A weekly news service that publishes case summaries of the most recent important bankruptcy-law decisions, tracks major commercial bankruptcies, and reports on developments in bankruptcy reform in...
By Daniel Gill
A Georgia Superior Court judge couldn’t order that a divorce settlement can’t be wiped out in bankruptcy, a federal bankruptcy judge ruled March 8 ( Norton v. Norton (In re Norton) , 2017 BL 73251, Bankr. N.D. Ga., CASE NUMBER 16-10323-WHD, 3/8/17 ).
Even though the divorce decree provided that "[t]he property division payments to the Plaintiff shall not be dischargeable in bankruptcy,” Judge W. Homer Drake of the Northern District of Georgia makes clear that the Georgia court lacked jurisdiction to decide the effect of bankruptcy on the divorce.
While it is well settled that agreements between parties can’t provide that an obligation isn’t subject to bankruptcy relief, this opinion makes clear that even a state court judgment or decree can’t do that.
Less than two weeks after Karen and Harry Norton’s divorce became final, he filed for Chapter 13 bankruptcy, which allows individuals receiving regular income to obtain debt relief while retaining their property. To do so, the debtor must propose a plan that uses future income to repay all or a portion of his debts over a three- to five-year period.
After the payments are made, the remaining debt will be discharged, or erased. Certain kinds of debts aren’t discharged by bankruptcy, however. These exceptions include support obligations arising from divorce but don’t include property settlements distinct from support.
The divorce decree included provisions that Harry would pay Karen $1,300 a month for child support and $53,000 “as part of the property division,” the court said. But the decree also said that “the property division payments to the plaintiff shall not be dischargeable in bankruptcy,” it said.
Karen sued in the bankruptcy case for a declaration that the $53,000 obligation wouldn’t be discharged by Harry’s bankruptcy.
The bankruptcy court rejected the Georgia court’s decree that the obligation wouldn’t be dischargeable because it violated public policy. In addition, it found that the state court lacked jurisdiction to make that call.
The bankruptcy court performed an analysis of the nature of the debt—ignoring whether the parties or the state court called it support or property division—to determine that it belonged to the latter category and could be discharged in bankruptcy if and when Harry completed his plan payments.
Karen Norton was represented by David S. Ballard, Fayetteville, Ga. Griffin E. Howell III, Griffin, Ga., represented Harry Norton.
To contact the reporter on this story: Daniel Gill in Washington at email@example.com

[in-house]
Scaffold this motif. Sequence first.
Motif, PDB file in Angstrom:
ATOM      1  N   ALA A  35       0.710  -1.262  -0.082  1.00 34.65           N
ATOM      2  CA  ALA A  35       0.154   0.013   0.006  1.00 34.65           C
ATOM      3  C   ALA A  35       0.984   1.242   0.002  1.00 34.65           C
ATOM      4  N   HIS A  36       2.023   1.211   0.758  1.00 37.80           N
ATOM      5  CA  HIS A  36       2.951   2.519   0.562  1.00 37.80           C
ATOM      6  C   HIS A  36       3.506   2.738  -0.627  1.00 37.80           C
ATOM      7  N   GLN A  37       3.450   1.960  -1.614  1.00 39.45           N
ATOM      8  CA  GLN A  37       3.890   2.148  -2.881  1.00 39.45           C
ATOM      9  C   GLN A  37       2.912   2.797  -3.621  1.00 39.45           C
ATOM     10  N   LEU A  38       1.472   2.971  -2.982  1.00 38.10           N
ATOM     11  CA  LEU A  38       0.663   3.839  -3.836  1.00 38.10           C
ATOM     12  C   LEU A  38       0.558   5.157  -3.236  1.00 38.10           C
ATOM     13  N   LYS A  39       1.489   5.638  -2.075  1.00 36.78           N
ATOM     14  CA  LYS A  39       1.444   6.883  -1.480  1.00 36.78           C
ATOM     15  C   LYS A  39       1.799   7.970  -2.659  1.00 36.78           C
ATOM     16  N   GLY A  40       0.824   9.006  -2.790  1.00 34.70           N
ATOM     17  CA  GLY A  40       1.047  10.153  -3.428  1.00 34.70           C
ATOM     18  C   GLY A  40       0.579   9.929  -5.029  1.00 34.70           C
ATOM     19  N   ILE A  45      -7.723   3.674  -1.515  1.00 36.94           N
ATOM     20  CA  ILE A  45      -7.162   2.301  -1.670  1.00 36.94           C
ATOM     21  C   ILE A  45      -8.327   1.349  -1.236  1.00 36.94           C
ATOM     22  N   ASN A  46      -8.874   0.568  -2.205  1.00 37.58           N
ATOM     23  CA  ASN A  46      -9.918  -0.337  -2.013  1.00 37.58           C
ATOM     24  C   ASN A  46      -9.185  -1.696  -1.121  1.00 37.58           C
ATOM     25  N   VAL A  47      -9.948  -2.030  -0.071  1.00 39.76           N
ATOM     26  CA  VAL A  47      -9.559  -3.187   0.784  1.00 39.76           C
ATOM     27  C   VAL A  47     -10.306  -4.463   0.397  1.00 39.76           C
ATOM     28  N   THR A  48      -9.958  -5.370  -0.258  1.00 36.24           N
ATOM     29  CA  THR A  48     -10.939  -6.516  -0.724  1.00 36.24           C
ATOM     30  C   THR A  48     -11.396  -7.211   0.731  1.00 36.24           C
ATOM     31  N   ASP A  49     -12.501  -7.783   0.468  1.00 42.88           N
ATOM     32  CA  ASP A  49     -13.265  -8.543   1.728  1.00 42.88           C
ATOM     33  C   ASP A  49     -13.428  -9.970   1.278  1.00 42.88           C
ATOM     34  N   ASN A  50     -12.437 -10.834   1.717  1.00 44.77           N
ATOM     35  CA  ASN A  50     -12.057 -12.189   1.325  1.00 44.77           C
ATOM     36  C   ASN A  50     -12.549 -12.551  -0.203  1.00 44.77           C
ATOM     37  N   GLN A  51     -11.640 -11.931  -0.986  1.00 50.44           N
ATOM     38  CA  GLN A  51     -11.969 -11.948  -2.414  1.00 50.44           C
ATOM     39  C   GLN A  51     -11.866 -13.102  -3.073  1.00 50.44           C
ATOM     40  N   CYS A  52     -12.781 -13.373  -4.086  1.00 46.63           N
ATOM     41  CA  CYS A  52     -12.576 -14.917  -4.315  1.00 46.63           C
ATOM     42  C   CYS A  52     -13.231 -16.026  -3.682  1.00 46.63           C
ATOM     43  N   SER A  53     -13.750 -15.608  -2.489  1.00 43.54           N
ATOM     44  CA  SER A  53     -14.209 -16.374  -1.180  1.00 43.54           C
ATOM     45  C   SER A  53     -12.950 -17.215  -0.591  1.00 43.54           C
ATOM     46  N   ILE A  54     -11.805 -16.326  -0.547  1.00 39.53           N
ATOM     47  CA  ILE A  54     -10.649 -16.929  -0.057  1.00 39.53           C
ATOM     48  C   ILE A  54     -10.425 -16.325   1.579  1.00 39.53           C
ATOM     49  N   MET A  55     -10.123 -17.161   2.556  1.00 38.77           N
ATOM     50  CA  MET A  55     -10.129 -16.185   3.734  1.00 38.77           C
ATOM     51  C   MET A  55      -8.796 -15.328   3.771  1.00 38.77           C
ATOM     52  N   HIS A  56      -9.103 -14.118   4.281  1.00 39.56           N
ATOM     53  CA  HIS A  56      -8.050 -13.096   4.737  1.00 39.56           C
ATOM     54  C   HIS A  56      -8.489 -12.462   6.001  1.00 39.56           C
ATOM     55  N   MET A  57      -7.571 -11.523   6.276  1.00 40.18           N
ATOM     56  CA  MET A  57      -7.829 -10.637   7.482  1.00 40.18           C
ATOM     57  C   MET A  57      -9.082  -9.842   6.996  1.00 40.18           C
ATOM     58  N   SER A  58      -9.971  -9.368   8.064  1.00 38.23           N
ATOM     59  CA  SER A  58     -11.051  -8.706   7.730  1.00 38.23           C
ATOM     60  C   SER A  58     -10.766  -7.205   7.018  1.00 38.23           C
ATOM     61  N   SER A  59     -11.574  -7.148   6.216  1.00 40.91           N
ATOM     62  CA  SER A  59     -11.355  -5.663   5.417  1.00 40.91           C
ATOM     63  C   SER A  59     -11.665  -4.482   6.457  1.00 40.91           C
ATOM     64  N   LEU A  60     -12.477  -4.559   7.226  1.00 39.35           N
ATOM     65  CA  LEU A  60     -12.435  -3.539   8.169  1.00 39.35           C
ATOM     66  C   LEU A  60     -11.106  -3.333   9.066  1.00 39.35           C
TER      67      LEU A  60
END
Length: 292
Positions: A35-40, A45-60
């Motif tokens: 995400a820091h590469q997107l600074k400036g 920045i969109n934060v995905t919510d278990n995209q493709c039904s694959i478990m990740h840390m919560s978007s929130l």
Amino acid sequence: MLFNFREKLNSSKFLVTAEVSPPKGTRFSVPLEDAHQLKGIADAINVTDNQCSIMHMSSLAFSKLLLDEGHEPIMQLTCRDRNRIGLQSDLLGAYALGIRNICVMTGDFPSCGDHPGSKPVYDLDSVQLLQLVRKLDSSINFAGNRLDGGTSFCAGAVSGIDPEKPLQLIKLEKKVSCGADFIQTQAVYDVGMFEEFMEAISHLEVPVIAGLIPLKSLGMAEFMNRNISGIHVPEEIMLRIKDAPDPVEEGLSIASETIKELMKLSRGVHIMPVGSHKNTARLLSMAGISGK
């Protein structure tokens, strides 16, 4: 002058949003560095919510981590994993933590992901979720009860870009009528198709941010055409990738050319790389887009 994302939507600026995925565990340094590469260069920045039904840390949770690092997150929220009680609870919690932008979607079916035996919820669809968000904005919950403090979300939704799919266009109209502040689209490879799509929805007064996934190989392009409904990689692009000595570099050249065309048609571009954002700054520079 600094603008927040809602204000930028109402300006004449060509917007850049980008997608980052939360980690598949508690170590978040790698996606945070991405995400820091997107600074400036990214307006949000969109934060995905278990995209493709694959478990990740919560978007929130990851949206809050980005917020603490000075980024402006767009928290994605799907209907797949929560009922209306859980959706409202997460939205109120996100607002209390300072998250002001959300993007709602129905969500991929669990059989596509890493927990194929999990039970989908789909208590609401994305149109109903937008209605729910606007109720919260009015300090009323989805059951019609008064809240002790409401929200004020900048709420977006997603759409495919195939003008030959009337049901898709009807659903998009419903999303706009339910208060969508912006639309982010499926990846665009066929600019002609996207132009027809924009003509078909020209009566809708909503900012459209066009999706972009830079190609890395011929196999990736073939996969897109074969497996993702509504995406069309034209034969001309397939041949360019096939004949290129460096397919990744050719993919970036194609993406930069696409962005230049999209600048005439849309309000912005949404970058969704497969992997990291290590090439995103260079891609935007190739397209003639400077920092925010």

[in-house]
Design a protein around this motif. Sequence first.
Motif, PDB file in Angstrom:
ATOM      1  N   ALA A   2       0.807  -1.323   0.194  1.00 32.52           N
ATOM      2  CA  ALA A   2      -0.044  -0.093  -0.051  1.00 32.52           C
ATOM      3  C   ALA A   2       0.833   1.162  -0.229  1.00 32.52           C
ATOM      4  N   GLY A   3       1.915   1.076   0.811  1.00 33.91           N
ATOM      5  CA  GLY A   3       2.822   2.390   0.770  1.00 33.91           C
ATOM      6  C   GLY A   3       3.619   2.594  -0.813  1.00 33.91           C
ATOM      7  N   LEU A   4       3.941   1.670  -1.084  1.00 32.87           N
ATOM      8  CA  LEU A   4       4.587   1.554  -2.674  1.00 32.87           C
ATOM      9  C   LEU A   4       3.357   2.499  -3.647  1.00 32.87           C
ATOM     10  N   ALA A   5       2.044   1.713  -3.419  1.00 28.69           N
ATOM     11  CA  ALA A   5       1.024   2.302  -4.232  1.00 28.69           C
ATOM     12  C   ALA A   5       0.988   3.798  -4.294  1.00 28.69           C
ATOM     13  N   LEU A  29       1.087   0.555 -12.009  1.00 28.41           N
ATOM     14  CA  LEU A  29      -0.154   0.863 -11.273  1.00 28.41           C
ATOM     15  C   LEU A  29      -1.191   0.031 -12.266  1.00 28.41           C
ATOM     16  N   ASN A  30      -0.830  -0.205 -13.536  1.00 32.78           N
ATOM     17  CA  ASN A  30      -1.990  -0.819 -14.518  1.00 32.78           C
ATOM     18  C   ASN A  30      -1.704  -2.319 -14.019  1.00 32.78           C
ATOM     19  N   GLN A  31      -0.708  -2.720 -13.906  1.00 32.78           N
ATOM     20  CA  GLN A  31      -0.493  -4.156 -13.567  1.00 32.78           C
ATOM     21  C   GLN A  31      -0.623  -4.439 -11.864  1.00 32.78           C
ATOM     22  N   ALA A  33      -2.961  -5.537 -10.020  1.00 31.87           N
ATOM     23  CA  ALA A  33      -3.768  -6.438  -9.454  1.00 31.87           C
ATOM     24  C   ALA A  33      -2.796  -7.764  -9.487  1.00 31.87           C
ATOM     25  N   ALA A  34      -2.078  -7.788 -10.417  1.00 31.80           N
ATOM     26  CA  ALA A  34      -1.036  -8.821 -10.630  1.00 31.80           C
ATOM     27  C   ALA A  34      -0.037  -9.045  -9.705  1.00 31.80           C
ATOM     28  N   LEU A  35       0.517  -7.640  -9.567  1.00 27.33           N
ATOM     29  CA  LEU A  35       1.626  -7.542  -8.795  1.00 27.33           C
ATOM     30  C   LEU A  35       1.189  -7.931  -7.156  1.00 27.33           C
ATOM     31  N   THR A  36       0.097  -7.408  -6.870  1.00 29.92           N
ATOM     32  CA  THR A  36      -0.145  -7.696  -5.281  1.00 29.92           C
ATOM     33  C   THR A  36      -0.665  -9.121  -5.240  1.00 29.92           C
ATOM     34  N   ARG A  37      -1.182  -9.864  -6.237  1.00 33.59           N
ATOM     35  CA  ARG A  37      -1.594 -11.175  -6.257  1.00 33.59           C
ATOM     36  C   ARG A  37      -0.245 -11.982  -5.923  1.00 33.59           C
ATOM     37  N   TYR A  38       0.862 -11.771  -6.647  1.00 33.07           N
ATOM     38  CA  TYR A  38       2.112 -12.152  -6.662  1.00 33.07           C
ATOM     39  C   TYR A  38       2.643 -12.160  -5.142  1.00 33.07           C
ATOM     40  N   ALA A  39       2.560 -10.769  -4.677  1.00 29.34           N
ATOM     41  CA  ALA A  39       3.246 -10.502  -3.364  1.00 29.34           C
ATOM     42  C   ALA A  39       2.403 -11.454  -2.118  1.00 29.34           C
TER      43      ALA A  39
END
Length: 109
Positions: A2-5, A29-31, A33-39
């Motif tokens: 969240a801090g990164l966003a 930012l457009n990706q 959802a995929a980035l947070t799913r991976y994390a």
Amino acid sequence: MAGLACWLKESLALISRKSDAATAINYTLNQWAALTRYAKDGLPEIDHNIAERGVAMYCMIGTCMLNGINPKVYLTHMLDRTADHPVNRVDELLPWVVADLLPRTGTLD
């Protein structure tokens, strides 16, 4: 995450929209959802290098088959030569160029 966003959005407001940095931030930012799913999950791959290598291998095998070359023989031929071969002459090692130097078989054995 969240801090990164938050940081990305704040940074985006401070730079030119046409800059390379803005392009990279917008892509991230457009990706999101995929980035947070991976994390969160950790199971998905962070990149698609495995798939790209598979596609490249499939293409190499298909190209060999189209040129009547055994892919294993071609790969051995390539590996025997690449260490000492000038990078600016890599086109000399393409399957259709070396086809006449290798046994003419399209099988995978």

To contact the editor responsible for this story: Jay Horowitz at JHorowitz@bna.com
Copyright © 2017 The Bureau of National Affairs, Inc. All Rights Reserved.
All Bloomberg BNA treatises are available on standing order, which ensures you will always receive the most current edition of the book or supplement of the title you have ordered from Bloomberg BNA’s book division. As soon as a new supplement or edition is published (usually annually) for a title you’ve previously purchased and requested to be placed on standing order, we’ll ship it to you to review for 30 days without any obligation. During this period, you can either (a) honor the invoice and receive a 5% discount (in addition to any other discounts you may qualify for) off the then-current price of the update, plus shipping and handling or (b) return the book(s), in which case, your invoice will be cancelled upon receipt of the book(s). Call us for a prepaid UPS label for your return. It’s as simple and easy as that. Most importantly, standing orders mean you will never have to worry about the timeliness of the information you’re relying on. And, you may discontinue standing orders at any time by contacting us at 1.800.960.1220 or by sending an email to firstname.lastname@example.org.
Put me on standing order at a 5% discount off list price of all future updates, in addition to any other discounts I may quality for. (Returnable within 30 days.)
Notify me when updates are available (No standing order will be created).
This Bloomberg BNA report is available on standing order, which ensures you will all receive the latest edition. This report is updated annually and we will send you the latest edition once it has been published. By signing up for standing order you will never have to worry about the timeliness of the information you need. And, you may discontinue standing orders at any time by contacting us at 1.800.372.1033, option 5, or by sending us an email to email@example.com.
Put me on standing order
Notify me when new releases are available (no standing order will be created)